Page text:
There are 1000’s of parenting tips you can find online (many of which are free). Each will claim that the tips in the article are the best parenting tips you will ever find. However, each child is different so in the end you have to do what works for your child. Some “experts” say that time outs should be avoided and that they do not work.
But, if you have tried giving your child a time out and the behavior you wanted to put an end to has ceased as a result of the time out, then it looks like it is working for you. We use time outs in our house, but I honestly don’t think they are very effective for us. I usually use a time out as a last resort because I need to calm myself down and think of a better way to deal with my child’s behavior. I do this while my child is safely in his/her room (usually kicking the door).
♥ The Consequence Should Fit The Behavior Being Disciplined
I try to do this as often as possible because I find that they learn more from their mistakes this way. My son loves screens and usually when he gets in trouble it has to do with screen time. If I tell him that screen time is over and it’s time to play, I give him a 5-10 minute warning. Then I give another 2 minute warning. Finally I tell him screen time is over. If he refuses to shut it off, he knows that the consequence is losing screen time for the next day (sometimes it’s more than 1 day depending on the situation). I take away the screen as a consequence rather than saying he can’t go to his friends house to play, for example. Playing with his friend has nothing to do with not following the rules around screen time, so I won’t take that away from him.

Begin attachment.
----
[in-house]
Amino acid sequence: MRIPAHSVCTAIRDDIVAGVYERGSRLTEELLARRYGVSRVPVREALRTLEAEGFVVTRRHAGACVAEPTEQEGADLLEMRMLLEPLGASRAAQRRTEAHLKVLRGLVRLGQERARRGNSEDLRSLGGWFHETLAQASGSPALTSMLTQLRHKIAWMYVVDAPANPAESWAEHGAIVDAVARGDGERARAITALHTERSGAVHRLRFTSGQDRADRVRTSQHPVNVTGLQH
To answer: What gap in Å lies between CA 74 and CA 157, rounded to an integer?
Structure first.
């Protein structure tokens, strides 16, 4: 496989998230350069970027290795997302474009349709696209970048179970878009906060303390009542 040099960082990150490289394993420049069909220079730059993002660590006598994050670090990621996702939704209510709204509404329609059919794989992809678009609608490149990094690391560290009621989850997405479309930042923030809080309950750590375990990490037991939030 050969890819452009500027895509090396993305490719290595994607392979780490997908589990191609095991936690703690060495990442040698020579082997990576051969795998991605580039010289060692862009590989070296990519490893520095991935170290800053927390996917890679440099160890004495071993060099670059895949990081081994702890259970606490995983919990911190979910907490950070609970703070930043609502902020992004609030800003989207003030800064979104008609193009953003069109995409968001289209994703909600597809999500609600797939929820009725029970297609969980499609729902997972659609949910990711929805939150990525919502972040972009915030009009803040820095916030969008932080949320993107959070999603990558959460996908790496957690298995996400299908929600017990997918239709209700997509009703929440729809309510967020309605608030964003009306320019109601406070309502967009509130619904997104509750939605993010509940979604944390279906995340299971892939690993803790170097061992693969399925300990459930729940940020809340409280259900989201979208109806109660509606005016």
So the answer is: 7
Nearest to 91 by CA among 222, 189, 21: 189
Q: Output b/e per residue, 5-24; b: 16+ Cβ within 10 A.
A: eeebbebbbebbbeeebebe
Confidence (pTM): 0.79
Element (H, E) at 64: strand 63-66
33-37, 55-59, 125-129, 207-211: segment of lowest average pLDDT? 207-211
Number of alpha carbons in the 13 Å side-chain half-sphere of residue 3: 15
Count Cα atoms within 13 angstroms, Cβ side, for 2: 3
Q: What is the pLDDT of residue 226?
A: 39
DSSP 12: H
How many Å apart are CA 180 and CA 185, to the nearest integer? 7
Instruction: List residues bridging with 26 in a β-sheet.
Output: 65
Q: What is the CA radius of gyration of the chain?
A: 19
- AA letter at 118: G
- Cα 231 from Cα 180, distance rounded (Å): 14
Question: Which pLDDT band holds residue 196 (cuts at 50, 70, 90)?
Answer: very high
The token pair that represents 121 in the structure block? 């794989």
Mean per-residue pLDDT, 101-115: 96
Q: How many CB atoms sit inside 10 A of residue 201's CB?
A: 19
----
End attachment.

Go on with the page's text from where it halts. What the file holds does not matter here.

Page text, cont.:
♥ Hug And Kiss Your Kids Everyday
Some experts say that a 20 second hug is as effective or even more so than prescription antidepressants. Not sure I quite believe that, but hugging does have many positive benefits. I have talked to my kids about how hugging can help them to feel better when they are sad or mad, so when they are upset they know I will go in for a hug and a kiss. Sometimes my hug is welcomed with arms across the chest and a head turned away from me, but I still go in for the hug. But we also give lots of hugs and kisses when everyone is happy (they are better that way).